Party Wars: Jefferson vs. Adams, Hamilton vs. Burr, and the Need for the 12th Amendment

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After the Election of 1796, President John Adams served in the White House while Vice President Thomas Jefferson retired to Monticello. Why? Then, during the Election of 1800, Congress had to break a tie between Jefferson and his own running-mate, Aaron Burr. Again, why? On December 1 the U.S. Capitol Historical Society continues our series on the Constitution by exploring the history—and necessity—of the 12th Amendment. Before its ratification, the presidential candidate who finished first, became president, while the candidate who finished second, became vice president. This not only led to divided cabinets, but a divided nation. More importantly, while the Founding Fathers agreed on independence, they didn’t agree on what independence meant.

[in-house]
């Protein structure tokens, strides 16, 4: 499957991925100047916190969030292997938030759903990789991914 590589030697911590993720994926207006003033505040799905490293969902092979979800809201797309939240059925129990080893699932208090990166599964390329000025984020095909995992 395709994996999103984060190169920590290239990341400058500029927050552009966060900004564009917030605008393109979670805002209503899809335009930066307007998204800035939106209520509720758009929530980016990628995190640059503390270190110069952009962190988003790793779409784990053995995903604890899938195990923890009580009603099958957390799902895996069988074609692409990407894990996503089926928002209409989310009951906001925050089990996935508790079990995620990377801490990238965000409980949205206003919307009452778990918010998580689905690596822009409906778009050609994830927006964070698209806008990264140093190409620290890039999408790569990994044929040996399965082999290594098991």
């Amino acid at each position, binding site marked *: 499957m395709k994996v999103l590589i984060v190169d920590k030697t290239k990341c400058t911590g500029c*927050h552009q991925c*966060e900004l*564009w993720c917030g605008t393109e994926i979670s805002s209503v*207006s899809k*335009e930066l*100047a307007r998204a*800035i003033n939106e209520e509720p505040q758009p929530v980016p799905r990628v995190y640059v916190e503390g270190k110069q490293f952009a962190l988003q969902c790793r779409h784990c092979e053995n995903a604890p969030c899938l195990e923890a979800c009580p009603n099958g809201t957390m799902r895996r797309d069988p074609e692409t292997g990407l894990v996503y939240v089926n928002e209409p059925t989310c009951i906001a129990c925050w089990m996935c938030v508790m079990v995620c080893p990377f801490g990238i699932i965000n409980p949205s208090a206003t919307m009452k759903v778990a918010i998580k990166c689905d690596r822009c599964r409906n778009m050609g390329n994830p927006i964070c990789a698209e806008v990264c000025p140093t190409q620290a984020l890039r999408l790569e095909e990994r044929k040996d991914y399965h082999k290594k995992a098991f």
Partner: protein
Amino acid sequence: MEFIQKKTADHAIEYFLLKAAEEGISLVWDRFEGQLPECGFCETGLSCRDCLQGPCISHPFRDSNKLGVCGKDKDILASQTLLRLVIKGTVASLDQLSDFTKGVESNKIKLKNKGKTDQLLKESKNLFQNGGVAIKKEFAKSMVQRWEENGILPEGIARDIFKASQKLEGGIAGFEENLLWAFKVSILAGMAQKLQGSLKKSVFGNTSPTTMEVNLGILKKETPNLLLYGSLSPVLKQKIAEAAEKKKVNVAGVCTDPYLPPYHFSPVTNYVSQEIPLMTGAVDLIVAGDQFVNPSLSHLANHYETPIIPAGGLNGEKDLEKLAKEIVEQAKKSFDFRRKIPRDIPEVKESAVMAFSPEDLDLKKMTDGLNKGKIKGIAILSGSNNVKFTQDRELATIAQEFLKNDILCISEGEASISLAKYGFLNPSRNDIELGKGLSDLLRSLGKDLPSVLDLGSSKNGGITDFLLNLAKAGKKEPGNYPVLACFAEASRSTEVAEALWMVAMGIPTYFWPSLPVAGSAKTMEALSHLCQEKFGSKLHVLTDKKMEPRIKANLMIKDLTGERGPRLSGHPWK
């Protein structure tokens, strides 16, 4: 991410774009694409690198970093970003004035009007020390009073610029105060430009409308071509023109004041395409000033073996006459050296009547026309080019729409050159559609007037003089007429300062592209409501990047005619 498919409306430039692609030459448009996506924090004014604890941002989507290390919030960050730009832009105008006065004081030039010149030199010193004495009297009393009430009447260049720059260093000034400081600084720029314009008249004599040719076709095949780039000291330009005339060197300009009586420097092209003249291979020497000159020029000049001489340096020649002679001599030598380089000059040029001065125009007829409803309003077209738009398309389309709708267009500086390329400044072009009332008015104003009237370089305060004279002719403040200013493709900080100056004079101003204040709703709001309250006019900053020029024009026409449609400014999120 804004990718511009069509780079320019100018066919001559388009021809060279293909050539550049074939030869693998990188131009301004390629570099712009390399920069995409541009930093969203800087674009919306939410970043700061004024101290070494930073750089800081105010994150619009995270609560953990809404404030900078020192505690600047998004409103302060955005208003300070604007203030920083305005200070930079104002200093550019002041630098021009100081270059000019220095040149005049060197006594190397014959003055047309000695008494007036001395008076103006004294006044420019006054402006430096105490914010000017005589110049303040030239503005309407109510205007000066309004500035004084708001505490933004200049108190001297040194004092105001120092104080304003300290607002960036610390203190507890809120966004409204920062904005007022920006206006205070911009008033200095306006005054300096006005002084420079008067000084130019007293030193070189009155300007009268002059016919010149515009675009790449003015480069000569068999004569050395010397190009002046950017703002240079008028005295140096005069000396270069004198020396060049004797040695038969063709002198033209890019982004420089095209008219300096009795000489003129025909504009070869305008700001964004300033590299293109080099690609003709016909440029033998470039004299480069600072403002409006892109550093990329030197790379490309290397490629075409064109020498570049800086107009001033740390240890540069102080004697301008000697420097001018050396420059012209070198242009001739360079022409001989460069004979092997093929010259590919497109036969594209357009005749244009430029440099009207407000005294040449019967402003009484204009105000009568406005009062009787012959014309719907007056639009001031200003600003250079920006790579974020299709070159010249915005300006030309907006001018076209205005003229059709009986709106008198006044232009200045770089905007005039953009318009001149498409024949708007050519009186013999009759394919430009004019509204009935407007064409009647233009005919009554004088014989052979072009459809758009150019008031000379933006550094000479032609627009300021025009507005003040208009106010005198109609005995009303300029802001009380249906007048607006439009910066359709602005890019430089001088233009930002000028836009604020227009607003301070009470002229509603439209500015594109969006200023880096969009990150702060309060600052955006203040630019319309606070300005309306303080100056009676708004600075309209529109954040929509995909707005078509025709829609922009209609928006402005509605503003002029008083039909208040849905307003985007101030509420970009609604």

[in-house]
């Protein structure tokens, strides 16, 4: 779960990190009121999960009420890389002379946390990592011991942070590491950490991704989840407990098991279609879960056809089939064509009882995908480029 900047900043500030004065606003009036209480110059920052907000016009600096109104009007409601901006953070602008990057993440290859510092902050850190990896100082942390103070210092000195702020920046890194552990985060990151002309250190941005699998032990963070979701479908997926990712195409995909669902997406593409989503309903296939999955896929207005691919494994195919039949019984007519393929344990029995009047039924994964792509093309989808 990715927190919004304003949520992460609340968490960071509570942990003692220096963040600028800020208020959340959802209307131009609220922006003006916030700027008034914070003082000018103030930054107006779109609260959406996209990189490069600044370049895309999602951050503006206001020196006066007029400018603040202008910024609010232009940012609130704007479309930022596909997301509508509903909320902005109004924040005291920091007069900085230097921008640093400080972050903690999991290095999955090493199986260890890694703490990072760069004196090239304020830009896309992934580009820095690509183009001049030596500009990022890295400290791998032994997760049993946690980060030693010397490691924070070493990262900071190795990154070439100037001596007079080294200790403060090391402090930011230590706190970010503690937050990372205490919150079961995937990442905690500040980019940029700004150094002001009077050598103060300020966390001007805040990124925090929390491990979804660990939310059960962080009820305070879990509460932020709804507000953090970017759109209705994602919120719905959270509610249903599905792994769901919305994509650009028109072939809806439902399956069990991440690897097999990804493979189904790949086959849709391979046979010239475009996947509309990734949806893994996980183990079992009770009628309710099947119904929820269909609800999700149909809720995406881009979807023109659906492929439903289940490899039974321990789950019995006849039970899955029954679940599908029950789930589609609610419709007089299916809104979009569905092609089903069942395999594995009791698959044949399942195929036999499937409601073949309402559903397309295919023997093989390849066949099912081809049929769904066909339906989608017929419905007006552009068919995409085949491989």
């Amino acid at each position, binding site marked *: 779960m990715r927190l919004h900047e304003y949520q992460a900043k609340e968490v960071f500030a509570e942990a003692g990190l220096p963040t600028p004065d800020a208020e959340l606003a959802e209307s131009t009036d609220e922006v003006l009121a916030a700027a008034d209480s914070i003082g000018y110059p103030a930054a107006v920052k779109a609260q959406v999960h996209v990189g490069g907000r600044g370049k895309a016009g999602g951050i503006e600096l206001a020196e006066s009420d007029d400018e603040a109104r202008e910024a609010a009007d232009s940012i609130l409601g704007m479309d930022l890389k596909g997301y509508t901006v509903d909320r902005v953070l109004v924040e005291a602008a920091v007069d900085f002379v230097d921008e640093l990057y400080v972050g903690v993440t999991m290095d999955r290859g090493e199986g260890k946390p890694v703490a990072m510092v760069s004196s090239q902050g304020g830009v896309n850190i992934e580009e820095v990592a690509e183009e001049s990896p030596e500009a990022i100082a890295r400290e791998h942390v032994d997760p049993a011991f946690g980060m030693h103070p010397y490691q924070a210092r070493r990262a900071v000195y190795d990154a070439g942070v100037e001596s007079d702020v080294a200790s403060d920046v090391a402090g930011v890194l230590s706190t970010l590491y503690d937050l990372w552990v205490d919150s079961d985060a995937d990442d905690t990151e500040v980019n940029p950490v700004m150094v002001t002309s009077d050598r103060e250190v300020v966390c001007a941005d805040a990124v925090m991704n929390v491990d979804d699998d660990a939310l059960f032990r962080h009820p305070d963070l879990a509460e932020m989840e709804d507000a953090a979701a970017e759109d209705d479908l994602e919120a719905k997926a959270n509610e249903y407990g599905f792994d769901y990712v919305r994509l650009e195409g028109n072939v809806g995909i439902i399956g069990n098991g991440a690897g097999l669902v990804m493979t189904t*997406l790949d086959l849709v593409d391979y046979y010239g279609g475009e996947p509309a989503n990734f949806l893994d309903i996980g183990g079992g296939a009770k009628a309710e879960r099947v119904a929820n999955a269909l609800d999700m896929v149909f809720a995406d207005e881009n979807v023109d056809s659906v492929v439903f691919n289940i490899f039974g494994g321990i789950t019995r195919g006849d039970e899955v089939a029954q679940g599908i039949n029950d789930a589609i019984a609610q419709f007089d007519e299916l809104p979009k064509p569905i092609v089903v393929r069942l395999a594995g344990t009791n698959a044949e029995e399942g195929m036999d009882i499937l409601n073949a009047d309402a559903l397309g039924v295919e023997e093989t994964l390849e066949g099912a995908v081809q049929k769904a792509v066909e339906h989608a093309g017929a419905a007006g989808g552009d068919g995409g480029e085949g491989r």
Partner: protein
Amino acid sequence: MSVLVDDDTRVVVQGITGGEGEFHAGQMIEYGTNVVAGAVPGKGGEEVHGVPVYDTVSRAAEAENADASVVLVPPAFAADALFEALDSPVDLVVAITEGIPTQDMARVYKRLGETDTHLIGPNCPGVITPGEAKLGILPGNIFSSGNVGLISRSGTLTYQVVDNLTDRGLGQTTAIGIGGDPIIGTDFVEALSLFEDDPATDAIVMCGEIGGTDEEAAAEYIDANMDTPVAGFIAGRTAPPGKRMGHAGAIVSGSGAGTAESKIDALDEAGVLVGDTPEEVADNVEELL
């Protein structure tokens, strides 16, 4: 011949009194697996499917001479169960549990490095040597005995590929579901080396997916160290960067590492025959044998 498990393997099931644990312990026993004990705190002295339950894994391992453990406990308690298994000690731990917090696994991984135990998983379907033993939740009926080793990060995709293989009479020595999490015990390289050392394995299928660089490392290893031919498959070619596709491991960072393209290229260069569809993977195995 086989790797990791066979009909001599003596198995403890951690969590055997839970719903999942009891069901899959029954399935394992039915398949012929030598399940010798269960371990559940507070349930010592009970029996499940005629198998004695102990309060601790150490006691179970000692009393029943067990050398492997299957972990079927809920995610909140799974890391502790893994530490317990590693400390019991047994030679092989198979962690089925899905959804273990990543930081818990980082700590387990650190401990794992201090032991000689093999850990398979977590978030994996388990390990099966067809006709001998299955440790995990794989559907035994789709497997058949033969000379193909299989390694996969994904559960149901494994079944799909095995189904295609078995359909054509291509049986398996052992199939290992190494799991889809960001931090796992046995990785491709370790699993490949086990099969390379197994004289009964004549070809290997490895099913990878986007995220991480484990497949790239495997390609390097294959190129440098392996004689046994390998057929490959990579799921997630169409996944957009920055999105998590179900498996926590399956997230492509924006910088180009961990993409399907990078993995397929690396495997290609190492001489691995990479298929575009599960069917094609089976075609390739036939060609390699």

Our featured guest to share this history will be Yale professor, Dr. Joanne Freeman, whose recent book, 
Affairs of Honor: National Politics in the New Republic, won the Best Book award from the Society of Historians of the Early American Republic.

During our webinar, we’ll discuss the Party Wars of the 1790s, the precedent set when Jefferson and Adams chose politics over friendship, and why Alexander Hamilton lobbied Congress in support of Jefferson, his rival, instead of Burr, whom he thought “wicked enough to scruple nothing.” Finally, we’ll discuss how the politics of the late-18
th century mirror our politics of today.

Dr. Freeman is the co-host of the popular history podcast, “Now & Then
.” Her edited volume, Alexander Hamilton: Writings was one of the Atlantic Monthly’s “best books” of 2001. A fellow of the Society of American Historians, Freeman won fellowships from the American Council of Learned Societies, the Cullman Center for Scholars and Writers, the Dirksen Congressional Research Center, the American Historical Association, and the Library of Congress. She is a Distinguished Lecturer for the Organization of American Historians. The U.S. Capitol Historical Society is proud that she sits on our Council of Scholars.

Like all U.S. Capitol Historical Society webinars, this event is free and open to the public; registration is required.